AAA server (authentication, authorization and accounting)
What is an AAA server?
An AAA server is a server program that handles user requests for access to computer resources and, for an enterprise, provides authentication, authorization and accounting (AAA) services.
The AAA server typically interacts with network access and gateway servers and with databases and directories containing user information. The current standard by which devices or applications communicate with an AAA server is Remote Authentication Dial-In User Service (RADIUS).
Key features of AAA server
The key features of AAA are divided into the following three distinct phases:
- Authentication. When a user wants access to a system or resource that is configured with AAA, the first step in the process is authentication. Here, the user is required to enter valid credentials -- a username and password -- to prove they are who they claim to be. The device that is attempting to be accessed forwards the authentication credentials to a back-end database. If the credentials are valid, the user is granted access to the system. If the username and password are not valid, the authentication process fails, and the user is blocked from accessing the system.
- Authorization. Just because a user successfully authenticates and gains access to a networked system, it does not mean that all authenticated users are authorized to do whatever they like with said system. For example, some users should only be allowed read-only access to a system, while others should be allowed to make changes to configuration settings in a read/write manner. This is the purpose of the authorization phase of AAA. Administrators can set up various groups and assign access policies around those groups. Thus, some authenticated users may have limited abilities to access certain resources or make changes, while others are authorized to have far greater freedom.
- Accounting. From a security perspective, it would be nice to be able to collect information on who is attempting to authenticate into networks or systems, whether authentication was successful or not, and other information, such as the following:
- the amount of time an authenticated session lasted;
- the amount of data transmitted and received during an authenticated session;
- if and when a user attempts to access a higher level of system access; and
- system commands performed within the authenticated session.
This is precisely what the accounting phase of AAA accomplishes. It acts as a logging mechanism when authenticating to AAA-configured systems.
How does AAA work?
The architecture for AAA requires the following three components:
- Supplicant. This is the user or device that is attempting to gain access to a network or system.
- Authenticator. This is the device the supplicant is trying to access. The authenticator is configured to work with an AAA server for authentication, authorization and accounting purposes.
- Authentication server. This server controls all AAA functions. As noted previously, the AAA server uses the RADIUS protocol for communication and either accesses a local database or is connected to a back-end user authentication database, such as Microsoft Active Directory (AD).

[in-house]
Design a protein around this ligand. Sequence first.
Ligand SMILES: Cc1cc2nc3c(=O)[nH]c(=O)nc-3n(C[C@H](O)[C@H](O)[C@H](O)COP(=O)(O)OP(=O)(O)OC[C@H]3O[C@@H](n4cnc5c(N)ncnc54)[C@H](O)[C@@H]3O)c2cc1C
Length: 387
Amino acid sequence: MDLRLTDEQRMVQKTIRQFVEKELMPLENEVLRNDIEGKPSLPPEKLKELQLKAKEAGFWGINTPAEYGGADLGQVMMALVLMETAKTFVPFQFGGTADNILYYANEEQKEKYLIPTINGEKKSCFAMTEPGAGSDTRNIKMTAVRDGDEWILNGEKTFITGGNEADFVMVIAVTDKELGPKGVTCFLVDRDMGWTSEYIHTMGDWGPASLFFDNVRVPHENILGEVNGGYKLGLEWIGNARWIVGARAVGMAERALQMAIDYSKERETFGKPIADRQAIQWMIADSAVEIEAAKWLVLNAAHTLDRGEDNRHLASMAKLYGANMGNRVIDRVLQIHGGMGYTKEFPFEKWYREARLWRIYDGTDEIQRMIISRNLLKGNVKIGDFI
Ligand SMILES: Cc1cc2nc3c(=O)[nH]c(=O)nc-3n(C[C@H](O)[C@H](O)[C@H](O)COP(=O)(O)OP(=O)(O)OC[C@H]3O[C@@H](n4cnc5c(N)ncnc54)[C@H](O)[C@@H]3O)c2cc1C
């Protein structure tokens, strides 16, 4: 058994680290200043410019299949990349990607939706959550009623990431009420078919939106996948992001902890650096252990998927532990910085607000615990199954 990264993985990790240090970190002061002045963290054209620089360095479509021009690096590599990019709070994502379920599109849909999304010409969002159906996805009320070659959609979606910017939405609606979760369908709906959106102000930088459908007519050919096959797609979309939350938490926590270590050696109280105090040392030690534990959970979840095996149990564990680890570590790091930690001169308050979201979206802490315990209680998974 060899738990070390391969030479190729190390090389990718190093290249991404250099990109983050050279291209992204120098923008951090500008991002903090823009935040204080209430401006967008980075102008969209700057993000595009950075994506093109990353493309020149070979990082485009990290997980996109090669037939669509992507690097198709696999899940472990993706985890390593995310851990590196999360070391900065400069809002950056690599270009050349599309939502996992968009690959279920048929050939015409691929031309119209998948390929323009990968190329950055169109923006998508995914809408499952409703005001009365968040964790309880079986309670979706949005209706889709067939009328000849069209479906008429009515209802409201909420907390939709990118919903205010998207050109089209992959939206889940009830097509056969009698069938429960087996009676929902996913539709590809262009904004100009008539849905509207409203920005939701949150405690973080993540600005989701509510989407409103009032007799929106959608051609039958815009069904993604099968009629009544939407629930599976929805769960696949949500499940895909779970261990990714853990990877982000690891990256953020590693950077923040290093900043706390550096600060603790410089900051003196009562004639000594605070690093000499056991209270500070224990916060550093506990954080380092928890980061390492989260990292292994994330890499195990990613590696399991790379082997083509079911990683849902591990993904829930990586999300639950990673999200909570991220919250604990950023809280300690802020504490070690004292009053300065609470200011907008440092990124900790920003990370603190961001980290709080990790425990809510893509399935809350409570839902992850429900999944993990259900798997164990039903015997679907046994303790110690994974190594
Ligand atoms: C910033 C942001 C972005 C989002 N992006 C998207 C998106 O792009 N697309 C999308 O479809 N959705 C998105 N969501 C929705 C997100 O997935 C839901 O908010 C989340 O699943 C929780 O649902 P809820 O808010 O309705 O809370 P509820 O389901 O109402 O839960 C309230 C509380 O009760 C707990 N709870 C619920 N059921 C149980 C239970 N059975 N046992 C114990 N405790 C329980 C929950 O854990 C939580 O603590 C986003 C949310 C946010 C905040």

This image shows a typical AAA architecture consisting of the three aforementioned components.
The authenticator sends an authentication request -- usually, in the form of requesting that a username and password be submitted by the supplicant. Once the supplicant sends the username and password, the authenticator forwards the authentication credentials to the authentication server to verify that they match what is contained within the user database. If successful, the authentication server responds back to the authenticator that the authentication attempt was successful and the access level that user is allowed to have based on group policy settings. During this time, authentication, access and session logs are being collected by the authenticator and are either stored locally on the authenticator or are sent to a remote logging server for storage and retrieval purposes.
What are the advantages of AAA servers?
There are several advantages of using AAA. This is especially true if an organization's infrastructure and user base are large. For example, if AAA is not used, it is common for authentication to be handled locally on each individual device, typically using shared usernames and passwords. This method often ends up being a management nightmare and potential security risk. Thus, the benefits of AAA include the following:
- central management and control of individual credentials;
- easy to organize users into groups based on the level of access to systems that is required;
- a logging mechanism that is useful for troubleshooting and cybersecurity purposes; and
- a highly scalable, flexible and redundant architecture.
Does AAA use Active Directory?
For authentication and access permission purposes, an AAA server must reference a database of usernames, passwords and access levels. The protocol used to accomplish this is RADIUS. However, in many cases, the back-end database the AAA server uses to verify credentials and access levels is Microsoft AD. This is accomplished by using Microsoft's Network Policy Server, which acts as a RADIUS server, to tap into the AD username or password and authorization database.
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